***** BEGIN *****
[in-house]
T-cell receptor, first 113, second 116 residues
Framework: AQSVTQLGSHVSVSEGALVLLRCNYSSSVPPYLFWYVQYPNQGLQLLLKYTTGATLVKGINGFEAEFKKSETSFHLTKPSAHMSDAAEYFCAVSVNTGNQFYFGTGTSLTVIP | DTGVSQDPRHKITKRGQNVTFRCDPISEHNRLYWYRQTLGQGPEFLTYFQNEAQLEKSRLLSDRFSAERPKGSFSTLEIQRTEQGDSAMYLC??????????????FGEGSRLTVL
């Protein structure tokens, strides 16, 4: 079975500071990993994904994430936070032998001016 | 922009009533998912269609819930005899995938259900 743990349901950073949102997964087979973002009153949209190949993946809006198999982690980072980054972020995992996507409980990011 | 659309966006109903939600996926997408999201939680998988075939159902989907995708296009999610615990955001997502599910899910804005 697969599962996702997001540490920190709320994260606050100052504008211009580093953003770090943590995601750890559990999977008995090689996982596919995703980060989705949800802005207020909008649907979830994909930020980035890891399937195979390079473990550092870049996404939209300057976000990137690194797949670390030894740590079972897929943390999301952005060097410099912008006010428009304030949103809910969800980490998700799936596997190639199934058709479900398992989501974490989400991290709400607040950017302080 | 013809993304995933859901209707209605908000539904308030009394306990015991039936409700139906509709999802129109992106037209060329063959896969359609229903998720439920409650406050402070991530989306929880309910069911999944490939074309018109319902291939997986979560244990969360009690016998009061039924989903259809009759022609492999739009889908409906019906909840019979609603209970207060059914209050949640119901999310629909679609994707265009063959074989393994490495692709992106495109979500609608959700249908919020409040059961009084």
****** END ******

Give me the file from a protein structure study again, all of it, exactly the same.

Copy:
[in-house]
T-cell receptor, first 113, second 116 residues
Framework: AQSVTQLGSHVSVSEGALVLLRCNYSSSVPPYLFWYVQYPNQGLQLLLKYTTGATLVKGINGFEAEFKKSETSFHLTKPSAHMSDAAEYFCAVSVNTGNQFYFGTGTSLTVIP | DTGVSQDPRHKITKRGQNVTFRCDPISEHNRLYWYRQTLGQGPEFLTYFQNEAQLEKSRLLSDRFSAERPKGSFSTLEIQRTEQGDSAMYLC??????????????FGEGSRLTVL
């Protein structure tokens, strides 16, 4: 079975500071990993994904994430936070032998001016 | 922009009533998912269609819930005899995938259900 743990349901950073949102997964087979973002009153949209190949993946809006198999982690980072980054972020995992996507409980990011 | 659309966006109903939600996926997408999201939680998988075939159902989907995708296009999610615990955001997502599910899910804005 697969599962996702997001540490920190709320994260606050100052504008211009580093953003770090943590995601750890559990999977008995090689996982596919995703980060989705949800802005207020909008649907979830994909930020980035890891399937195979390079473990550092870049996404939209300057976000990137690194797949670390030894740590079972897929943390999301952005060097410099912008006010428009304030949103809910969800980490998700799936596997190639199934058709479900398992989501974490989400991290709400607040950017302080 | 013809993304995933859901209707209605908000539904308030009394306990015991039936409700139906509709999802129109992106037209060329063959896969359609229903998720439920409650406050402070991530989306929880309910069911999944490939074309018109319902291939997986979560244990969360009690016998009061039924989903259809009759022609492999739009889908409906019906909840019979609603209970207060059914209050949640119901999310629909679609994707265009063959074989393994490495692709992106495109979500609608959700249908919020409040059961009084």